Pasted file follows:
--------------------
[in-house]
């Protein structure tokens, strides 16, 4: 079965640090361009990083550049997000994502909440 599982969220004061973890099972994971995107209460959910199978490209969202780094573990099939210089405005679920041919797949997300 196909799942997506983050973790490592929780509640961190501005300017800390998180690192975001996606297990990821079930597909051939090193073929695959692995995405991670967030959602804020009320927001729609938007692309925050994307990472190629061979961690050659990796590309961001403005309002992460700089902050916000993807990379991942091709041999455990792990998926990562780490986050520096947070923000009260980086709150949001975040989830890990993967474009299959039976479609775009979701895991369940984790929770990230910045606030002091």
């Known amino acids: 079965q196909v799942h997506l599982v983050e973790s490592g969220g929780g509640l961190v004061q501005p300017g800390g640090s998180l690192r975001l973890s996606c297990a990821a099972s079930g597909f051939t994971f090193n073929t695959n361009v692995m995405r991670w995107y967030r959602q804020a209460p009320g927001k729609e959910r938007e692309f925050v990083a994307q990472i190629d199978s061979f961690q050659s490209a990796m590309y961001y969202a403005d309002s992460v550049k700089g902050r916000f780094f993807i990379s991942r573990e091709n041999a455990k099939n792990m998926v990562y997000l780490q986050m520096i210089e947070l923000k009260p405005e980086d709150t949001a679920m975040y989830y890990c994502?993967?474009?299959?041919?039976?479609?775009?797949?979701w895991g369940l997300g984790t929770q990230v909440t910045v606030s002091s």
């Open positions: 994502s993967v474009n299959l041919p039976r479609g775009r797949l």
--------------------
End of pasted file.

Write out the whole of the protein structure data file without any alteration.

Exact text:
[in-house]
């Protein structure tokens, strides 16, 4: 079965640090361009990083550049997000994502909440 599982969220004061973890099972994971995107209460959910199978490209969202780094573990099939210089405005679920041919797949997300 196909799942997506983050973790490592929780509640961190501005300017800390998180690192975001996606297990990821079930597909051939090193073929695959692995995405991670967030959602804020009320927001729609938007692309925050994307990472190629061979961690050659990796590309961001403005309002992460700089902050916000993807990379991942091709041999455990792990998926990562780490986050520096947070923000009260980086709150949001975040989830890990993967474009299959039976479609775009979701895991369940984790929770990230910045606030002091």
């Known amino acids: 079965q196909v799942h997506l599982v983050e973790s490592g969220g929780g509640l961190v004061q501005p300017g800390g640090s998180l690192r975001l973890s996606c297990a990821a099972s079930g597909f051939t994971f090193n073929t695959n361009v692995m995405r991670w995107y967030r959602q804020a209460p009320g927001k729609e959910r938007e692309f925050v990083a994307q990472i190629d199978s061979f961690q050659s490209a990796m590309y961001y969202a403005d309002s992460v550049k700089g902050r916000f780094f993807i990379s991942r573990e091709n041999a455990k099939n792990m998926v990562y997000l780490q986050m520096i210089e947070l923000k009260p405005e980086d709150t949001a679920m975040y989830y890990c994502?993967?474009?299959?041919?039976?479609?775009?797949?979701w895991g369940l997300g984790t929770q990230v909440t910045v606030s002091s």
């Open positions: 994502s993967v474009n299959l041919p039976r479609g775009r797949l």